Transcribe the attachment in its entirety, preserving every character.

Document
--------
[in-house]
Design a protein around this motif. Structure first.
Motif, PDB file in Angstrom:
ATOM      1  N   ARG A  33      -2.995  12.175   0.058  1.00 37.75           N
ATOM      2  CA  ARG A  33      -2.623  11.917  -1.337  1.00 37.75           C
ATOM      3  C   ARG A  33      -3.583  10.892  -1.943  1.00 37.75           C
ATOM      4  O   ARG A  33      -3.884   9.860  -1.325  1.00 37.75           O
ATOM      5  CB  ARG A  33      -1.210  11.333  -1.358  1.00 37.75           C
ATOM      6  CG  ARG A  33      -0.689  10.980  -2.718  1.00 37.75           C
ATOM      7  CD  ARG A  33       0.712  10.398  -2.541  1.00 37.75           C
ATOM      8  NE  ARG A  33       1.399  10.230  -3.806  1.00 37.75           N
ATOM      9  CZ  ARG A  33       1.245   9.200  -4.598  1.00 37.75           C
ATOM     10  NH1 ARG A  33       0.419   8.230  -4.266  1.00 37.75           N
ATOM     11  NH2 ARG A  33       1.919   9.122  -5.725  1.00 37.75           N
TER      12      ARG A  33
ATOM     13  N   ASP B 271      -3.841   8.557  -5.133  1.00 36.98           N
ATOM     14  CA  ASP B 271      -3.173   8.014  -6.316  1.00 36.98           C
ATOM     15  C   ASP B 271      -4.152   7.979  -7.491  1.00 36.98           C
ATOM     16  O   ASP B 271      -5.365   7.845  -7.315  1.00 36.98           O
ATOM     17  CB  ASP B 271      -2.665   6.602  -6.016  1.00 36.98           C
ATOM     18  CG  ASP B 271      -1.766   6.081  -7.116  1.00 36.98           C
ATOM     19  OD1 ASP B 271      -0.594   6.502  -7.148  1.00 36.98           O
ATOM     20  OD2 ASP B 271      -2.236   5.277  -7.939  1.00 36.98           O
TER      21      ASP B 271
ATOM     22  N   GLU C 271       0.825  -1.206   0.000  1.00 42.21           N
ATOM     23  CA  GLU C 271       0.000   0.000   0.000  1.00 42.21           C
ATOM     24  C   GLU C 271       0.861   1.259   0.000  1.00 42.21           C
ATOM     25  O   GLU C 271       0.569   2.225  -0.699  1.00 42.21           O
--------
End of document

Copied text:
[in-house]
Design a protein around this motif. Structure first.
Motif, PDB file in Angstrom:
ATOM      1  N   ARG A  33      -2.995  12.175   0.058  1.00 37.75           N
ATOM      2  CA  ARG A  33      -2.623  11.917  -1.337  1.00 37.75           C
ATOM      3  C   ARG A  33      -3.583  10.892  -1.943  1.00 37.75           C
ATOM      4  O   ARG A  33      -3.884   9.860  -1.325  1.00 37.75           O
ATOM      5  CB  ARG A  33      -1.210  11.333  -1.358  1.00 37.75           C
ATOM      6  CG  ARG A  33      -0.689  10.980  -2.718  1.00 37.75           C
ATOM      7  CD  ARG A  33       0.712  10.398  -2.541  1.00 37.75           C
ATOM      8  NE  ARG A  33       1.399  10.230  -3.806  1.00 37.75           N
ATOM      9  CZ  ARG A  33       1.245   9.200  -4.598  1.00 37.75           C
ATOM     10  NH1 ARG A  33       0.419   8.230  -4.266  1.00 37.75           N
ATOM     11  NH2 ARG A  33       1.919   9.122  -5.725  1.00 37.75           N
TER      12      ARG A  33
ATOM     13  N   ASP B 271      -3.841   8.557  -5.133  1.00 36.98           N
ATOM     14  CA  ASP B 271      -3.173   8.014  -6.316  1.00 36.98           C
ATOM     15  C   ASP B 271      -4.152   7.979  -7.491  1.00 36.98           C
ATOM     16  O   ASP B 271      -5.365   7.845  -7.315  1.00 36.98           O
ATOM     17  CB  ASP B 271      -2.665   6.602  -6.016  1.00 36.98           C
ATOM     18  CG  ASP B 271      -1.766   6.081  -7.116  1.00 36.98           C
ATOM     19  OD1 ASP B 271      -0.594   6.502  -7.148  1.00 36.98           O
ATOM     20  OD2 ASP B 271      -2.236   5.277  -7.939  1.00 36.98           O
TER      21      ASP B 271
ATOM     22  N   GLU C 271       0.825  -1.206   0.000  1.00 42.21           N
ATOM     23  CA  GLU C 271       0.000   0.000   0.000  1.00 42.21           C
ATOM     24  C   GLU C 271       0.861   1.259   0.000  1.00 42.21           C
ATOM     25  O   GLU C 271       0.569   2.225  -0.699  1.00 42.21           O